ABOARD THE MV AEGEAN ODYSSEY —This is our first shore excursion day, and the weather is beautiful — 27 degrees (centigrade), blue skies and bright sunshine. We had breakfast on the back deck — this morning there were pancakes — and then took the tender into the old port of Skiathos Town.
It is a busy place, with ferries arriving regularly, lots of shops and cafes and narrow streets that wind up to the top of the town, where there is a pretty church, St. Nikolas Church, where some of the wedding scenes from the movie “Momma Mia” were filmed. The cast and crew spent a lot of time in town, and the movie runs every evening in the outdoor theater in town. At the top of the island, there are good views of the port and the city.
We looked into a few galleries, had an espresso in a cafe along the port and watched the people.
The cafe did not take Visa, or any credit cards. Our waiter, Michaelis, explained that Greeks all hate the banks. “The banks of Greece are responsible for our ruin,” he claimed, “and we refuse to give them two percent of our money!”
We took the tender back to the ship for lunch, and then I returned alone to walk and explore the island further. One of the best beaches in Greece is found on this island — Koukounaries Beach — and there are taxis and boats that will take you there. There are also some nice beaches just a short walk from the port, so I headed for one. After a swim, I sat and enjoyed the atmosphere of the beach, children playing, men and women sunning (some of the women are topless, but discretely so). I enjoyed a coffee and massive slice of baklava — layers of phylo with walnuts and oozing with honey. It was fabulous. Then I caught the last tender back to the boat.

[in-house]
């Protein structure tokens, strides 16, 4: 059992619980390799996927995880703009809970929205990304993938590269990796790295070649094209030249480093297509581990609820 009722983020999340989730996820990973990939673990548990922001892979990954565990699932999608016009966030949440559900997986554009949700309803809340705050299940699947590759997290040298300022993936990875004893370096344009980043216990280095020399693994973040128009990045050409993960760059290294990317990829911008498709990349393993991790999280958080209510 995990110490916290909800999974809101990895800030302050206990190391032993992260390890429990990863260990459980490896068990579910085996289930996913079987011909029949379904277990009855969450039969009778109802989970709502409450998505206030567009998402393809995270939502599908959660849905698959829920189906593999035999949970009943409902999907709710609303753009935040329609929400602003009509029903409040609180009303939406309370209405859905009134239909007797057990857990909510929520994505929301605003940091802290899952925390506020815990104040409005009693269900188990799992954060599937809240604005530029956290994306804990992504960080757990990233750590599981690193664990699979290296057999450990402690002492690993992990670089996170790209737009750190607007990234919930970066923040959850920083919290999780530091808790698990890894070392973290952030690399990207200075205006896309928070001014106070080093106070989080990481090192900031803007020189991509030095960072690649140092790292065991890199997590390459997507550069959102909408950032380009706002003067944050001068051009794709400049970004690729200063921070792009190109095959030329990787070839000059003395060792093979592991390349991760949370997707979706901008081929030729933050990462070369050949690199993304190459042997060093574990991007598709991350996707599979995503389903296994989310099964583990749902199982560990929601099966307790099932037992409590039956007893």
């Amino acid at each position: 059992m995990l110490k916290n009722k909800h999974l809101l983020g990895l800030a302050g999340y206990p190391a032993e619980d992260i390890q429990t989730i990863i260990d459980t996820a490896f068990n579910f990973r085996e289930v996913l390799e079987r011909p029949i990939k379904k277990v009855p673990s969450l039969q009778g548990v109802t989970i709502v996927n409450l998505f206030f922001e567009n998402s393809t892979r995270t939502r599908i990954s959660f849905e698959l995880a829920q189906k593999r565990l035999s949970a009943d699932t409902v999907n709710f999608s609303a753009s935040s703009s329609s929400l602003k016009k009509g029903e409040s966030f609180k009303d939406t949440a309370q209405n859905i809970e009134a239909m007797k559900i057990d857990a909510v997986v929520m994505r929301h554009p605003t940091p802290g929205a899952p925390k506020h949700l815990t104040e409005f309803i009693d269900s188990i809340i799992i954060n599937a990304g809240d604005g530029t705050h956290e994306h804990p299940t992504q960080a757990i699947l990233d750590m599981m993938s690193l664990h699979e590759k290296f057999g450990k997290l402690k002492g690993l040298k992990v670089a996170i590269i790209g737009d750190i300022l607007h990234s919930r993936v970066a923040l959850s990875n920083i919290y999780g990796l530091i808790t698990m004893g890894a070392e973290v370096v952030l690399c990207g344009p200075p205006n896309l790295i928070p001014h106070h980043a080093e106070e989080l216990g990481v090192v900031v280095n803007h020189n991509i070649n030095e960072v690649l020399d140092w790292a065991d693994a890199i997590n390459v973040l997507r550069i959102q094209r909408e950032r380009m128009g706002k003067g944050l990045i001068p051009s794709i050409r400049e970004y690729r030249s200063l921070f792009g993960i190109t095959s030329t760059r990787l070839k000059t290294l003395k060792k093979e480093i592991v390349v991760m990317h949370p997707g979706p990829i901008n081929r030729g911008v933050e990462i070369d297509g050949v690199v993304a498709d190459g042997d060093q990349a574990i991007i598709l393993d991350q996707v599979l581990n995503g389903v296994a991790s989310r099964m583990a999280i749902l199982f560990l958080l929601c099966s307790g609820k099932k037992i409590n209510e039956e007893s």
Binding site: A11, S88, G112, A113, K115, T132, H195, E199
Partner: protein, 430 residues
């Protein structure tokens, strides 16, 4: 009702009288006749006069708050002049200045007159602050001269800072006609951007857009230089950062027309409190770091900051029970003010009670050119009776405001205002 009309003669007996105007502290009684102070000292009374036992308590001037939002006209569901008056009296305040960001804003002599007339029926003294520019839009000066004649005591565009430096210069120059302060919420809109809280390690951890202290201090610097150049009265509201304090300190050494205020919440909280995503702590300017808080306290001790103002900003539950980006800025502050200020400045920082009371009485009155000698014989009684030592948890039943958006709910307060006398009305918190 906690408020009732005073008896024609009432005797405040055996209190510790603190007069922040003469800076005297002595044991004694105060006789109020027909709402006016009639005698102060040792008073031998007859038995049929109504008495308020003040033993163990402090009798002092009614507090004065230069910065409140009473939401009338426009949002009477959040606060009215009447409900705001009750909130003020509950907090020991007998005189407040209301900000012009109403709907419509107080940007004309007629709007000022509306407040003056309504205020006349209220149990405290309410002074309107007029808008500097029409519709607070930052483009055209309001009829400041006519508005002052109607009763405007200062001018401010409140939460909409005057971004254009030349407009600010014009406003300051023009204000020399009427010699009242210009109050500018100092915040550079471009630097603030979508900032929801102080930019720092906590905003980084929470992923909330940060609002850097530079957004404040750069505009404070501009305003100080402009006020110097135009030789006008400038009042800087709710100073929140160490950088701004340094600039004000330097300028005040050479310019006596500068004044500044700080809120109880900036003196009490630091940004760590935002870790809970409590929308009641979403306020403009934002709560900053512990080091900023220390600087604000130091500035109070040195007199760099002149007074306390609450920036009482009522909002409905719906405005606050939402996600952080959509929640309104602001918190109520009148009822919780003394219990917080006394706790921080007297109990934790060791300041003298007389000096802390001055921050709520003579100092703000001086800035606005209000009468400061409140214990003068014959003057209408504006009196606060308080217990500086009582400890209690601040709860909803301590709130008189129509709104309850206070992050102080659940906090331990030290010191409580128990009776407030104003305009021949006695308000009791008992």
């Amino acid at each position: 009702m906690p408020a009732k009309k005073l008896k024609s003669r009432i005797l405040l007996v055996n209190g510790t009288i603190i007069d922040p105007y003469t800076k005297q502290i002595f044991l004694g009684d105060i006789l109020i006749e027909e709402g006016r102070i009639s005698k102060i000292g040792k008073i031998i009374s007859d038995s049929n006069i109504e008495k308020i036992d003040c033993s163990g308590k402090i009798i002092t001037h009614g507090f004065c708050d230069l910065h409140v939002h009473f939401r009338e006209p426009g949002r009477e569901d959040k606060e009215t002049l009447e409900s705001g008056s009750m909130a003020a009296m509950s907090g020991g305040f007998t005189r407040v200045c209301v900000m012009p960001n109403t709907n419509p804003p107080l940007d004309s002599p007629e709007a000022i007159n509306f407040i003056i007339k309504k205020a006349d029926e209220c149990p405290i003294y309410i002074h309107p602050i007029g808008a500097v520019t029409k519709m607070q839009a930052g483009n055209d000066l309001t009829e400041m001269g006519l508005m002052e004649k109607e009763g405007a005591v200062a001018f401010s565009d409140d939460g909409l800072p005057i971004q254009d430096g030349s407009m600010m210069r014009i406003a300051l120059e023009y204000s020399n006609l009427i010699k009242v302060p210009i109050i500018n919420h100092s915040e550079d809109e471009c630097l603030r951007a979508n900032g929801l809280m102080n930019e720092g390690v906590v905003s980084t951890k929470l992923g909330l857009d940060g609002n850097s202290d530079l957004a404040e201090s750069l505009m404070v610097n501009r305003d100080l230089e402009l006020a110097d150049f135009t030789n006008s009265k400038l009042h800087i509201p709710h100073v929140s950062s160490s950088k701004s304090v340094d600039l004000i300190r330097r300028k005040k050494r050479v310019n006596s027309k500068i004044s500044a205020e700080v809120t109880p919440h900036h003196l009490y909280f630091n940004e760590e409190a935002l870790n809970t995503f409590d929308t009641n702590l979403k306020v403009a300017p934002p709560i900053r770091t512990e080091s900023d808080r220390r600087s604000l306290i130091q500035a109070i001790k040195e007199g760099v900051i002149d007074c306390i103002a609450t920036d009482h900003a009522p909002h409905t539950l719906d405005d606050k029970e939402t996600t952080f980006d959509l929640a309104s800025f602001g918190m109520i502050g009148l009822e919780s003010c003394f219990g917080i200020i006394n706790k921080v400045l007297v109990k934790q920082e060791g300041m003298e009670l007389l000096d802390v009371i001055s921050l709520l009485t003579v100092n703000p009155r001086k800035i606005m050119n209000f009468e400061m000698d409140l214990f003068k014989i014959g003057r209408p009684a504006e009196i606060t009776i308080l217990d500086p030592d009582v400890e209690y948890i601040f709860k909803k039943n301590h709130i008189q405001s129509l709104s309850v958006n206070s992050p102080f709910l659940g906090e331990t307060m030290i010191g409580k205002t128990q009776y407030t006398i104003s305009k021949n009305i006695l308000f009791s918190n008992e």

At 5, there was a briefing on tomorrow’s port excursion and that is so helpful. Zoe, who is in charge of excursions, explains all of the details, what the weather will be, what we will see, the walking difficulties, and the things that should not be missed.
Then we had our first lecture, “Pergamon: Better than the Parthenon?”, delivered by Robin Cormack, a professor emeritus at the Courtauld Institute of Art, whose specialty is Byzantine art. While intellectual and wide ranging through art and history, this was not a dry lecture. Rather, it provided a framework through which to view the antiquities of Pergamon in a more layered way. Robin is a good speaker, and easy to follow, and it is a privilege to have such a gifted and well respected historian to provide us with background.
We dined in the Marco Polo restaurant this evening, at the Captain’s table. Capt. Andersson is a rather handsome Swede, pleasant and approachable. The company was good, the food excellent.
Photos by Barbara Ramsay Orr